Modernization theory is used to analyze the processes in which modernization in societies take place. The theory looks at which aspects of countries are beneficial and which constitute obstacles for economic development. The idea is that development assistance targeted at those particular aspects can lead to modernization of 'traditional' or 'backward' societies. Scientists from various research disciplines have contributed to modernization theory.
Sociological and anthropological modernization theory
The earliest principles of modernization theory can be derived from the idea of progress, which stated that people can develop and change their society themselves. Marquis de Condorcet was involved in the origins of this theory. This theory also states that technological advancements and economic changes can lead to changes in moral and cultural values. The French sociologist Émile Durkheim stressed the interdependence of institutions in a society and the way in which they interact with cultural and social unity. His work ‘The Division of Labor in Society’ was very influential. It described how social order is maintained in society and ways in which primitive societies can make the transition to more advanced societies.
Other scientists who have contributed to the development of modernization theory are: David Apter, who did research on the political system and history of democracy; Seymour Martin Lipset, who argued that economic development leads to social changes which tend to lead to democracy; David McClelland, who approached modernization from the psychological side with his motivations theory; and Talcott Parsons who used his pattern variables to compare backwardness to modernity.
Linear stages of growth model
The linear stages of growth model is an economic model which is heavily inspired by the Marshall Plan which was used to revitalize Europe’s economy after World War II. It assumes that economic growth can only be achieved by industrialization. Growth can be restricted by local institutions and social attitudes, especially if these aspects influence the savings rate and investments. The constraints impeding economic growth are thus considered by this model to be internal to society.
According to the linear stages of growth model, a correctly designed massive injection of capital coupled with intervention by the public sector would ultimately lead to industrialization and economic development of a developing nation.
The Rostow's stages of growth model is the most well-known example of the linear stages of growth model. Walt W. Rostow identified five stages through which developing countries had to pass to reach an advanced economy status: (1) Traditional society, (2) Preconditions for take-off, (3) Take-off, (4) Drive to maturity, (5) Age of high mass consumption. He argued that economic development could be led by certain strong sectors; this is in contrast to for instance Marxism which states that sectors should develop equally. According to Rostow’s model, a country needed to follow some rules of development to reach the take-off: (1) The investment rate of a country needs to be increased to at least 10% of its GDP, (2) One or two manufacturing sectors with a high rate of growth need to be established, (3) An institutional, political and social framework has to exist or be created in order to promote the expansion of those sectors.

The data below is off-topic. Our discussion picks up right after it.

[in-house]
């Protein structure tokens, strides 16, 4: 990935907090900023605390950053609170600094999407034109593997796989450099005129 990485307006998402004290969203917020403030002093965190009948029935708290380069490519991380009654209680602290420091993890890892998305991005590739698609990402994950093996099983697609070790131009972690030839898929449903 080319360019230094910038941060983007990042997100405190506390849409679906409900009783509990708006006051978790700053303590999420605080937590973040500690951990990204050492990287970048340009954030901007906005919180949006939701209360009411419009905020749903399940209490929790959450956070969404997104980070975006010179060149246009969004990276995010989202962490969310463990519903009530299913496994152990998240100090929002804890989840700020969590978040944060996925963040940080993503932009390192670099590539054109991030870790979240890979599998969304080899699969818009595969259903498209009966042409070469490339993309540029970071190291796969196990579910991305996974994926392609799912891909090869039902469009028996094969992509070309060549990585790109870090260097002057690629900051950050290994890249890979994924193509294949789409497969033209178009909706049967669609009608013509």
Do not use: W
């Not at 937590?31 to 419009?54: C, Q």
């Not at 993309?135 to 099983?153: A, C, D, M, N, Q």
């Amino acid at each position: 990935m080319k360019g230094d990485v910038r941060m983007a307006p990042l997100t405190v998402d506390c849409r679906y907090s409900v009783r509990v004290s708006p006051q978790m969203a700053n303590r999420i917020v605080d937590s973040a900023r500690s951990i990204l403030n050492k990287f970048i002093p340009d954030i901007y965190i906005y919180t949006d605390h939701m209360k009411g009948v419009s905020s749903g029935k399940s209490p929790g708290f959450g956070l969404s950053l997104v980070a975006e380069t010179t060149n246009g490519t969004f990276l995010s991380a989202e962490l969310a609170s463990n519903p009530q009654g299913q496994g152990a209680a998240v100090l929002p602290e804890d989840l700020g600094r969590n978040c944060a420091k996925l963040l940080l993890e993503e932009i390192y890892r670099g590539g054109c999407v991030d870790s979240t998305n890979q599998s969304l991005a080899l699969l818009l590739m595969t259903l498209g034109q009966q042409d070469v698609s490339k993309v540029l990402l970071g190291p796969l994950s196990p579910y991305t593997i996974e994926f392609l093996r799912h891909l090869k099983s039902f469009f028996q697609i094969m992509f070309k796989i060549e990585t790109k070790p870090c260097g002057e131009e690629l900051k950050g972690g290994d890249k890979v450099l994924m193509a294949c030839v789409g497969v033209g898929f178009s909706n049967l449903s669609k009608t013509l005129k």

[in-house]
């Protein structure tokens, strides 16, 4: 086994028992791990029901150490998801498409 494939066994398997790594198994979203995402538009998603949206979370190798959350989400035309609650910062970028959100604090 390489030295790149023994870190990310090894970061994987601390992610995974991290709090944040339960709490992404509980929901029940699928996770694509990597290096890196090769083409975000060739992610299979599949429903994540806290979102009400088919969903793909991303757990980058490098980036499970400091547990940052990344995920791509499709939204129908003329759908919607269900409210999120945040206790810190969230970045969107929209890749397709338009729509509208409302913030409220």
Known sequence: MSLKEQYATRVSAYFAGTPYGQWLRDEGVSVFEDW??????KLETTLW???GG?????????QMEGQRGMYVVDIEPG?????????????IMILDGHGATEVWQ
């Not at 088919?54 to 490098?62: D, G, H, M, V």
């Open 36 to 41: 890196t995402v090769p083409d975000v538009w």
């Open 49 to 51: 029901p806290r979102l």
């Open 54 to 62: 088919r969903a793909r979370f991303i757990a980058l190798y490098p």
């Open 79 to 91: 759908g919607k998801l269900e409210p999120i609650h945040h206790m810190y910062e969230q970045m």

The Rostow model has serious flaws, of which the most serious are: (1) The model assumes that development can be achieved through a basic sequence of stages which are the same for all countries, a doubtful assumption; (2) The model measures development solely by means of the increase of GDP per capita; (3) The model focuses on characteristics of development, but does not identify the causal factors which lead development to occur. As such, it neglects the social structures that have to be present to foster development.
Economic modernization theories such as Rostow's stages model have been heavily inspired by the Harrod-Domar model which explains in a mathematical way the growth rate of a country in terms of the savings rate and the productivity of capital. Heavy state involvement has often been considered necessary for successful development in economic modernization theory; Paul Rosenstein-Rodan, Ragnar Nurkse and Kurt Mandelbaum argued that a big push model in infrastructure investment and planning was necessary for the stimulation of industrialization, and that the private sector would not be able to provide the resources for this on its own.
Another influential theory of modernization is the dual-sector model by Arthur Lewis. In this model Lewis explained how the traditional stagnant rural sector is gradually replaced by a growing modern and dynamic manufacturing and service economy.
Because of the focus on the need for investments in capital, the Linear Stages of Growth Models are sometimes referred to as suffering from ‘capital fundamentalism’.
Critics of modernization theory
Modernization theory observes traditions and pre-existing institutions of so-called "primitive" societies as obstacles to modern economic growth. Modernization which is forced from outside upon a society might induce violent and radical change, but according to modernization theorists it is generally worth this side effect. Critics point to traditional societies as being destroyed and slipping away to a modern form of poverty without ever gaining the promised advantages of modernization.